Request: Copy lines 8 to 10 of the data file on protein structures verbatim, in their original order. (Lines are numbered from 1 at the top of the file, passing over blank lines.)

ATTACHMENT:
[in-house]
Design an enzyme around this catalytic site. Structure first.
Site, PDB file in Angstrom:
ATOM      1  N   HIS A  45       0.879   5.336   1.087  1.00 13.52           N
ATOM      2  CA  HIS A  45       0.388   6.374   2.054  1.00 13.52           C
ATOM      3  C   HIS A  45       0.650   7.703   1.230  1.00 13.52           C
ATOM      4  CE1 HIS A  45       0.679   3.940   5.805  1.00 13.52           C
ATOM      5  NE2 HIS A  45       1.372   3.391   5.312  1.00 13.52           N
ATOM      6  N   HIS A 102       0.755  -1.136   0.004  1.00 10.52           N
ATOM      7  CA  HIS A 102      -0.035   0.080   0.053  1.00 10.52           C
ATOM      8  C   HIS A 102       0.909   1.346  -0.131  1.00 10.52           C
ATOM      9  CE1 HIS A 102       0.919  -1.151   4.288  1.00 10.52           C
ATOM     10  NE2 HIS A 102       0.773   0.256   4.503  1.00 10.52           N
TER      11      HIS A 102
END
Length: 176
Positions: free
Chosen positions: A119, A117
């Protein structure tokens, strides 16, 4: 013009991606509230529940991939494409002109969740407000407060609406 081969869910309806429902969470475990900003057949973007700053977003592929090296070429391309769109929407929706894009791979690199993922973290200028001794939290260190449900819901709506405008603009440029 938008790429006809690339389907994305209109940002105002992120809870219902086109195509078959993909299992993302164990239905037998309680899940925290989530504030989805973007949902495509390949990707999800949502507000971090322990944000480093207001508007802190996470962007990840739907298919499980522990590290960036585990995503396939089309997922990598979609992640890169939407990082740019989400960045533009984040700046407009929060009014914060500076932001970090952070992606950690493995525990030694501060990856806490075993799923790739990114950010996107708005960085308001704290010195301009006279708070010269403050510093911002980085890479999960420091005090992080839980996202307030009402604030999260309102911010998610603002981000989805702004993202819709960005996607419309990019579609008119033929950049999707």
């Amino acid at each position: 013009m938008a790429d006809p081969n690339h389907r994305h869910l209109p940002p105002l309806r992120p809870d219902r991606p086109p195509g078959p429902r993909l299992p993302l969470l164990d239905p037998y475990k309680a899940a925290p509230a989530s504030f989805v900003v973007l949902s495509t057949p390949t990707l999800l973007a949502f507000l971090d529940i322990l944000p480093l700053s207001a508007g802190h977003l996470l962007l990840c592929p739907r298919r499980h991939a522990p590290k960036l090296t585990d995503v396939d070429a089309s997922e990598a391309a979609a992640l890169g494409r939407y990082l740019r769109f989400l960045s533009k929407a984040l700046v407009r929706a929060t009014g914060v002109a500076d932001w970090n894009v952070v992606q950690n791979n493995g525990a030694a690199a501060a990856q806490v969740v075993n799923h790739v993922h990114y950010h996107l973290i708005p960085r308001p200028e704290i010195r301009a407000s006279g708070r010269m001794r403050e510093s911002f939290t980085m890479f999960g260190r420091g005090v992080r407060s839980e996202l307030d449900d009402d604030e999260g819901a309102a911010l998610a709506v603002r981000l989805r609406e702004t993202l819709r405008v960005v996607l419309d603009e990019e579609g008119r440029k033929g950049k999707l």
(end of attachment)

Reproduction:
ATOM      5  NE2 HIS A  45       1.372   3.391   5.312  1.00 13.52           N
ATOM      6  N   HIS A 102       0.755  -1.136   0.004  1.00 10.52           N
ATOM      7  CA  HIS A 102      -0.035   0.080   0.053  1.00 10.52           C